Getting started with cost cutting
Even if you have cut costs many times before, there are almost always opportunities to make further savings.
A good first step is to review your bank statements so as to understand what you are spending.
Utilities is an obvious target. Are you paying for services you no longer use? Can you obtain better value by combining services and/or switching provider?
Renegotiating contracts with your main suppliers should also be on the agenda. Sometimes telling a supplier that you are cutting costs will open up unexpected savings. It may also be possible to pool the purchasing of supplies with other businesses in your area so as to achieve greater efficiency and savings for all.
Training is another area where you may get better value by cooperating with other businesses.
Have you considered cutting costs by scheduling training days to coincide with staff celebrations?
Where staff turnover is high, businesses sometimes save on recruitment by investing more to retain existing team members.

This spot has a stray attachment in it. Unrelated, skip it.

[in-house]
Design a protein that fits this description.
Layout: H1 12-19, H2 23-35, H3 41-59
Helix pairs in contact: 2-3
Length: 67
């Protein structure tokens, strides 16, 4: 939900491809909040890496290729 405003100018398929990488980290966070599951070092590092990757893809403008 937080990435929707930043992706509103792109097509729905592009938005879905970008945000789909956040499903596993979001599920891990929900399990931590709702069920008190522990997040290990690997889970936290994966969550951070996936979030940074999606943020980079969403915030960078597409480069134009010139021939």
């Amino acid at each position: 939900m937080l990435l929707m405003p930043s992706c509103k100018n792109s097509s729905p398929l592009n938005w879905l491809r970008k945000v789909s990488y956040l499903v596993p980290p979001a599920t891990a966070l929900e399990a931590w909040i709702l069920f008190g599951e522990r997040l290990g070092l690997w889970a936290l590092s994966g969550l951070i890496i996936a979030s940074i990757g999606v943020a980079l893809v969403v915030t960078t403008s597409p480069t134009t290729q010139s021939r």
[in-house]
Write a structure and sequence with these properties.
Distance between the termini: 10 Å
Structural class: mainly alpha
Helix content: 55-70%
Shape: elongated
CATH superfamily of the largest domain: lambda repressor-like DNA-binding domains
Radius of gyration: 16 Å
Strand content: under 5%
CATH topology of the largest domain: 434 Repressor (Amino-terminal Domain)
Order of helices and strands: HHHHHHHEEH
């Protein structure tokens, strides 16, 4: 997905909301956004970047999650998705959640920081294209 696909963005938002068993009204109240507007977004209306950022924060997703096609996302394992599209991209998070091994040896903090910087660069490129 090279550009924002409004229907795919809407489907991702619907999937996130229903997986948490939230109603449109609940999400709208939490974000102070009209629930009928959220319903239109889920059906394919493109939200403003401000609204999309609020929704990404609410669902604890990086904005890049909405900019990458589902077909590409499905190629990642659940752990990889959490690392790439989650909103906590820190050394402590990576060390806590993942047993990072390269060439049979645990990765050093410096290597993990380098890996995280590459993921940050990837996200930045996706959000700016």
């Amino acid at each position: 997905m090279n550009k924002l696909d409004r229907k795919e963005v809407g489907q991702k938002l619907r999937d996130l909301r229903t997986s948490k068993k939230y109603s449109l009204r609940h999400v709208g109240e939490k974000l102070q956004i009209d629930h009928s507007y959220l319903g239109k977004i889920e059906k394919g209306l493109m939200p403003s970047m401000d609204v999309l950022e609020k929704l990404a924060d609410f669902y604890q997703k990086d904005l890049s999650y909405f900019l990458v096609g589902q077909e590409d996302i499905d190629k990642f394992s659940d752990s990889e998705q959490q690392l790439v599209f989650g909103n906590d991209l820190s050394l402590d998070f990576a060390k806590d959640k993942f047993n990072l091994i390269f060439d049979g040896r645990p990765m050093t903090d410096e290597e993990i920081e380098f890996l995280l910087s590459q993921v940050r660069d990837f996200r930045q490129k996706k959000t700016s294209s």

On the other hand, it may be worthwhile outsourcing some activities. Payroll and HR are two areas where savings can often be achieved.
What about travel expenses? Is there scope to cut back by making more use of Skype or WhatsApp for video or call conferencing?
Technology and social media can also deliver potential savings in areas like advertising, postage, data storage, printing.
If one of your departments has negotiated special deals with hotels or transport providers, can you extend those deals to other teams in your organisation?
What about customers? Most businesses have some customers that cost more than they are worth. It’s not easy to confront this issue, but if there are savings to be achieved, it should be on your list.
Depending on your business, there may be many other opportunities. While cutting costs is not the only way to generate finance or fund growth, it is a good discipline that generally improves the profitability and long term value of a business.